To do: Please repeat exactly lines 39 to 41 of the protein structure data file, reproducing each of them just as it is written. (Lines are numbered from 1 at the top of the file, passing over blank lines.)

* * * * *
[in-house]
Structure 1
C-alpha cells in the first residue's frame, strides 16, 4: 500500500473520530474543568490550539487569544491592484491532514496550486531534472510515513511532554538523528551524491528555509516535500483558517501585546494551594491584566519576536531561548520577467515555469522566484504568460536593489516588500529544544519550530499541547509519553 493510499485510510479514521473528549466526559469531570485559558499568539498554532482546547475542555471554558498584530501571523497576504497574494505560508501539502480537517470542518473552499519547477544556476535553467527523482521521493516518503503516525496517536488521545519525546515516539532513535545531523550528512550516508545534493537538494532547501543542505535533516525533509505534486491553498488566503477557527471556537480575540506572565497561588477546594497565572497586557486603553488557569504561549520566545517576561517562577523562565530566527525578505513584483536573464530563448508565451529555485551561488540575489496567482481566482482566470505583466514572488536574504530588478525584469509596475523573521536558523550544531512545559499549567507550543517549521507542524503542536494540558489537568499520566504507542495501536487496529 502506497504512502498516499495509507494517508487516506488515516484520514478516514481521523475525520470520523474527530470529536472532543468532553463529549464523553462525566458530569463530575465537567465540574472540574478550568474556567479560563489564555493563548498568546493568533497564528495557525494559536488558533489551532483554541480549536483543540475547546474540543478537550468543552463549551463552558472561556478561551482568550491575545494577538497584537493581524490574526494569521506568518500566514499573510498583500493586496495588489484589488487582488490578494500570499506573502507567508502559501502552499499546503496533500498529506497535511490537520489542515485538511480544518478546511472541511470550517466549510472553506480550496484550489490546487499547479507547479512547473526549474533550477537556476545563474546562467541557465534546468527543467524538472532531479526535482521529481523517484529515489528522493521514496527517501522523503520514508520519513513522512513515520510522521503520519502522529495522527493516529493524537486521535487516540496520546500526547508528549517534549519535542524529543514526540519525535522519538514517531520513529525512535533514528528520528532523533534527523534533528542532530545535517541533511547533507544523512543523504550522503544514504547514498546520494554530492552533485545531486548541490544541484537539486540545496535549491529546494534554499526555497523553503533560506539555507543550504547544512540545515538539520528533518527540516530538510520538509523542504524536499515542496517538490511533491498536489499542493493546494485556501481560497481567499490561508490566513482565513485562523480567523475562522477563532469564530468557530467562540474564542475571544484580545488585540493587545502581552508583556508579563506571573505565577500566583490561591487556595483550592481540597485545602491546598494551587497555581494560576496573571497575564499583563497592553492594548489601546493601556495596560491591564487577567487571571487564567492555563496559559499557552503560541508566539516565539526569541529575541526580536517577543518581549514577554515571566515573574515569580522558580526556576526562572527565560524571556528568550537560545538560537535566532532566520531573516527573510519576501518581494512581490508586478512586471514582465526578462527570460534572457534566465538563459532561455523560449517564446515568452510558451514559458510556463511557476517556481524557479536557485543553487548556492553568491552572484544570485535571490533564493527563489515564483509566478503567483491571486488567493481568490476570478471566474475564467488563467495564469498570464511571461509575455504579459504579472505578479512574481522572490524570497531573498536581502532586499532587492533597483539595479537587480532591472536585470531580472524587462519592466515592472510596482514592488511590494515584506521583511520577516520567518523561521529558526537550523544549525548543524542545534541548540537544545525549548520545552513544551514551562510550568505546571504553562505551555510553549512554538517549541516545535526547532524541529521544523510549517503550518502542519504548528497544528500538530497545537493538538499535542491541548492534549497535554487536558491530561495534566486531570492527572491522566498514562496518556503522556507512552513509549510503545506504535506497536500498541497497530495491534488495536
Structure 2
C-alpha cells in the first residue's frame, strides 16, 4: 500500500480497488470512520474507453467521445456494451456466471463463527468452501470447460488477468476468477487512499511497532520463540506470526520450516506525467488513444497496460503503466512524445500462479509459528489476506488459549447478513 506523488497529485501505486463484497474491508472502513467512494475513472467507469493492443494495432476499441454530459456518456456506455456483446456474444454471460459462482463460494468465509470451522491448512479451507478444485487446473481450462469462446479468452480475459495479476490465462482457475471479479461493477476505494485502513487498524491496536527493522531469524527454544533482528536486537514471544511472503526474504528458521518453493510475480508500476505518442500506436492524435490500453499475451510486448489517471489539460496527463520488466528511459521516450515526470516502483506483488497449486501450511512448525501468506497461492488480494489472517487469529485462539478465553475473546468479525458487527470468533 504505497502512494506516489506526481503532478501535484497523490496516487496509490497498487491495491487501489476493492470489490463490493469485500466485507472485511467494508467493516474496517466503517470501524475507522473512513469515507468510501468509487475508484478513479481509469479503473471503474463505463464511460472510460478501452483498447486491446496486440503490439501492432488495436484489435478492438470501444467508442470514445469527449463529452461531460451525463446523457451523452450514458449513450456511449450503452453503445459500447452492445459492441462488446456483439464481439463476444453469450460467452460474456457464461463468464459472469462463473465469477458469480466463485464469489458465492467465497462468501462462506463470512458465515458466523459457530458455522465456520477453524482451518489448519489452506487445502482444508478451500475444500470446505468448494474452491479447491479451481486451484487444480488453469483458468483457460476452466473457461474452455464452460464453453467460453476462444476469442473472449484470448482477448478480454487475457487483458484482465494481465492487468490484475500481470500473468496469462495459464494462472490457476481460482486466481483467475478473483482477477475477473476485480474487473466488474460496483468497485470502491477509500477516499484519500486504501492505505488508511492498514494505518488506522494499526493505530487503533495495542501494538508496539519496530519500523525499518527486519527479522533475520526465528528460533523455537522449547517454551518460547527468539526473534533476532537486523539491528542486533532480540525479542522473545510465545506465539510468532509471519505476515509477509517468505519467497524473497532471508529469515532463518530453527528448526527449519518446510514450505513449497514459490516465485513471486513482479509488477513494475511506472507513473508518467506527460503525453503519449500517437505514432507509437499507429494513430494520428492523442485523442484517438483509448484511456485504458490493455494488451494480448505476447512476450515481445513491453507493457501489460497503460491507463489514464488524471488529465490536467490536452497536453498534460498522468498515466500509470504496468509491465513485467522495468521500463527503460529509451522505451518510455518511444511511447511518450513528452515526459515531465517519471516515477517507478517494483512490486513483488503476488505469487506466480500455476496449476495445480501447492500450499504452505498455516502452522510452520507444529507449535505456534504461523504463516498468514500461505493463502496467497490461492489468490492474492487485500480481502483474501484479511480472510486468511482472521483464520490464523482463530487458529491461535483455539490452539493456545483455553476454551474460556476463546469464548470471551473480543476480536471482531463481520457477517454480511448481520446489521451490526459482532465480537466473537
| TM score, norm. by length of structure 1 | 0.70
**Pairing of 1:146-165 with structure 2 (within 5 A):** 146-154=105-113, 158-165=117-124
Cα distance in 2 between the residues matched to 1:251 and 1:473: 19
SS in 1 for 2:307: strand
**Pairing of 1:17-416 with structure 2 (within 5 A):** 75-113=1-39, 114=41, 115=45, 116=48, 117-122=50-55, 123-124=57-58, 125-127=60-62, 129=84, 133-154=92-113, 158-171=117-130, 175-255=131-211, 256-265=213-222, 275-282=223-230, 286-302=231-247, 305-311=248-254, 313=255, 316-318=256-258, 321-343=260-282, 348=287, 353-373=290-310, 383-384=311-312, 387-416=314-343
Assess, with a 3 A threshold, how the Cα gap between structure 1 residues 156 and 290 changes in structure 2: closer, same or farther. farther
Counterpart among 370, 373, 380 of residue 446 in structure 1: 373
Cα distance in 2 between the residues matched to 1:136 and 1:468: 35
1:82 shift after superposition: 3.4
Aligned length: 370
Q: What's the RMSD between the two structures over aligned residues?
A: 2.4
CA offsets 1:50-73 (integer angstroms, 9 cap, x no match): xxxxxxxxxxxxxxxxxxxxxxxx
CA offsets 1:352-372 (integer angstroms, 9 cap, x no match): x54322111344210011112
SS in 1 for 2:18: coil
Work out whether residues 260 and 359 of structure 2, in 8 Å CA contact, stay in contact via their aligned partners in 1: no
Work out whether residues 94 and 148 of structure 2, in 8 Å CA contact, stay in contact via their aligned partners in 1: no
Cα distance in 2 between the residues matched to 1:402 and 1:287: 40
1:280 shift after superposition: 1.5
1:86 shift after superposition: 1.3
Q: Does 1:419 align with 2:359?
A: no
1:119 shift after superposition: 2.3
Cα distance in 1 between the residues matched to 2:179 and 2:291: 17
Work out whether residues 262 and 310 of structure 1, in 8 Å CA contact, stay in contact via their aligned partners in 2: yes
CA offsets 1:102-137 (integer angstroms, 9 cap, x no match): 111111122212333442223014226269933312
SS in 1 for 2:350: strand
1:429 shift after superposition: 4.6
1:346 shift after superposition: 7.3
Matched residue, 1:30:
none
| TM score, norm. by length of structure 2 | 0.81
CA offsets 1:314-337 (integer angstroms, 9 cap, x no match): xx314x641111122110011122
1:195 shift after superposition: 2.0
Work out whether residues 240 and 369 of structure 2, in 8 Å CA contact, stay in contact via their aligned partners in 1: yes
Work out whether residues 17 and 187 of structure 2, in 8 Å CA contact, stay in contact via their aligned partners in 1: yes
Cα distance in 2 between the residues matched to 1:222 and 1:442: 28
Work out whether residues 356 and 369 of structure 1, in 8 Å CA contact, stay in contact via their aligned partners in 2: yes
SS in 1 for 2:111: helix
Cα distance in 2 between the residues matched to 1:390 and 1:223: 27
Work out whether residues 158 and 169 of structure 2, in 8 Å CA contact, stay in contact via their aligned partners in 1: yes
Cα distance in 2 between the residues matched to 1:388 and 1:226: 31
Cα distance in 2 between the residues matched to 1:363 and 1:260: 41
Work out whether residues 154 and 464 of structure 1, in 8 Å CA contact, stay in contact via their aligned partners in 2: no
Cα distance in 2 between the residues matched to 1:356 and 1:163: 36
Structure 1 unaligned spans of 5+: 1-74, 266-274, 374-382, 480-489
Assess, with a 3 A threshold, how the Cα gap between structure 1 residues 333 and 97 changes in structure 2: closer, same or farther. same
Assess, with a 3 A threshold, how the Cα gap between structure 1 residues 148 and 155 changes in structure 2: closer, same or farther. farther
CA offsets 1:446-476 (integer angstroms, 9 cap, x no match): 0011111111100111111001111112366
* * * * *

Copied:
1:195 shift after superposition: 2.0
Work out whether residues 240 and 369 of structure 2, in 8 Å CA contact, stay in contact via their aligned partners in 1: yes
Work out whether residues 17 and 187 of structure 2, in 8 Å CA contact, stay in contact via their aligned partners in 1: yes